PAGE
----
The reclusive author’s Neapolitan novels have been devoured by millions. Now the first one is about to hit TV screens in an ambitious adaptation made on location in Naples
Kathryn Bromwich – Nov 11, 2018
Earlier this year, a Brazilian tourist was wandering around Ischia, a picturesque volcanic island just off the coast of Naples in southern Italy. She was retracing the steps of Elena Greco and Lila Cerullo, the characters at the centre of the four-book series by Elena Ferrante that begins with My Brilliant Friend. Perhaps she was thinking of the scenes in the first novel, where Elena leaves home for a few blissful weeks of reading and swimming; perhaps of the more dramatic romantic entanglements that happen on the island in the second volume.
One evening, the tourist stopped at a local restaurant for dinner, and, to her surprise, found Elena Greco eating there, along with railroad worker and poet Donato Sarratore and his family. Or, at least, the actors playing these roles in the forthcoming television adaptation of the first novel. “It was very funny – she recognised every one of them,” says Saverio Costanzo, director of the series. “She told us that many, many people from South America are going around Naples to see places from Elena Ferrante.” In the past few years, thousands of tourists have visited the area because of the book series, a double bildungsroman about a pair of friends which spans the decades between their 50s childhood and the present day. A thriving industry has sprung up to meet demand: Ferrante tours ranging from half a day to six days take people around the book’s locations, promising an authentic Neapolitan experience.
But today the Naples that so ignited readers’ imaginations lies a little further afield. A 45-minute drive from the city, hidden down an unassuming but well guarded driveway, is a set of tall, dusky apartment blocks. In these streets, drying washing hangs from the balconies, and street vendors sell milk bottles, mismatched pots and pans, and ragged-looking clothes. The location is a former glass factory, disused since the 80s, which over the past year has been meticulously transformed into the “rione”, or neighbourhood, that provides the main setting for Ferrante’s four novels.
It is June 2018 when I visit the set of the much anticipated TV series, joint produced by the companies Wildside and Fandango. Filming is in progress; we are frequently silenced to avoid interrupting scenes. Extras with dour expressions and austere period costume eye us suspiciously as they chainsmoke, looking as if they have come to life from a black-and-white postwar film. Here are the familiar sights from the books: the tunnel under which the girls pass on an ill-fated trip to the sea, the grate where they throw their dolls, the Carracci grocery store. Inside the tobacconist’s, fresh prosciutto legs have been taken out of the fridge, and are displayed alongside 50s newspapers.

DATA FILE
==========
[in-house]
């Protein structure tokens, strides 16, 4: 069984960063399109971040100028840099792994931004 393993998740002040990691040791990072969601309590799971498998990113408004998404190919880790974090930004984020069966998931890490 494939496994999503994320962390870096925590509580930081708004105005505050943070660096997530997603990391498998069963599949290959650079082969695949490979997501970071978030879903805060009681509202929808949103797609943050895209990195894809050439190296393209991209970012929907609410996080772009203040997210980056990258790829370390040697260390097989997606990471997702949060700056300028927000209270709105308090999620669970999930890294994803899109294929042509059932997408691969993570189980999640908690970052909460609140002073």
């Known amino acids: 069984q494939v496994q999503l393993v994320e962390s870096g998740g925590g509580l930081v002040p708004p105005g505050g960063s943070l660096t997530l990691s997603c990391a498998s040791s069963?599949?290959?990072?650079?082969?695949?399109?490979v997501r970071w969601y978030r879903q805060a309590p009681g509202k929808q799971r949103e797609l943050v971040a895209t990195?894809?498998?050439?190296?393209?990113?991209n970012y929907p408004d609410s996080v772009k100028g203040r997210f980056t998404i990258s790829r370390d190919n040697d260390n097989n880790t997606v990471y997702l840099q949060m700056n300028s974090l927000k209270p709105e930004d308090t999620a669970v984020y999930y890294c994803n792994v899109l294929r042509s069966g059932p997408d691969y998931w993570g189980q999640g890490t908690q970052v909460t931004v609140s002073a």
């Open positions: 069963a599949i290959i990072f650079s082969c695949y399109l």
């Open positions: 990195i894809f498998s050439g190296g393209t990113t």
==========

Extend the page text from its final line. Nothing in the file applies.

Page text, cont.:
The scale of the project is staggering. It is one of the largest sets in Europe, spreading over two hectares. An enormous warehouse contains recreations of several characters’ apartments; all windows, doors and furniture are period originals. The casting process took eight months; more than 9,000 people from the area auditioned. The eight-episode series – an HBO, Rai Fiction and TIMvision co-production – is the first foray into foreign-language television for HBO (not only is it in Italian, but large parts of the dialogue are in 50s Neapolitan dialect, which most Italians will need subtitles to undertand). Lila’s wedding dress and the pair of shoes she secretly makes for her father’s shop have been designed by Pierpaolo Piccioli, the creative director of Valentino. This is a prestige Italian production, assembling the great and the good of the country’s cinema and TV; one of the press officers, I am later told, is married to celebrated director Paolo Sorrentino.
Pulling all this together is Costanzo, a 43-year-old director from Rome with a handful of fairly well received feature films under his belt. His history with Ferrante goes back to 2007, when he wrote to ask whether he could adapt her short novel The Lost Daughter – which prefigures many of the themes and characters of the My Brilliant Friend series – for the screen. He worked on a screenplay for six months, but in the end the project didn’t work out: Ferrante had been disappointed with previous adaptations of her work and wanted nothing more to do with cinema. And then, silence – until, last year, he got a call. He was told Ferrante had put his name forward for the TV adaptation of the books, and he had got the job. “Maybe Elena Ferrante is my mother,” he jokes. Sharply dressed, though he looks a little tired at the end of a long day of filming, he answers questions thoughtfully and with authority. He’s easy and natural around the young lead actors; it’s clear they have spent a lot of time together and there’s a sense of mutual trust.
Costanzo had been wary of adapting novels for the screen – over-fastidious fan reactions to his 2010 film of the Italian bestseller The Solitude of Prime Numbers had put him off – but in this case, it felt right. “I was in love with the book,” he tells me. “I had read it a long time before that phone call. I was very familiar with the work of Ferrante, the way she understands writing, dramaturgy, her characters. So I jumped in.”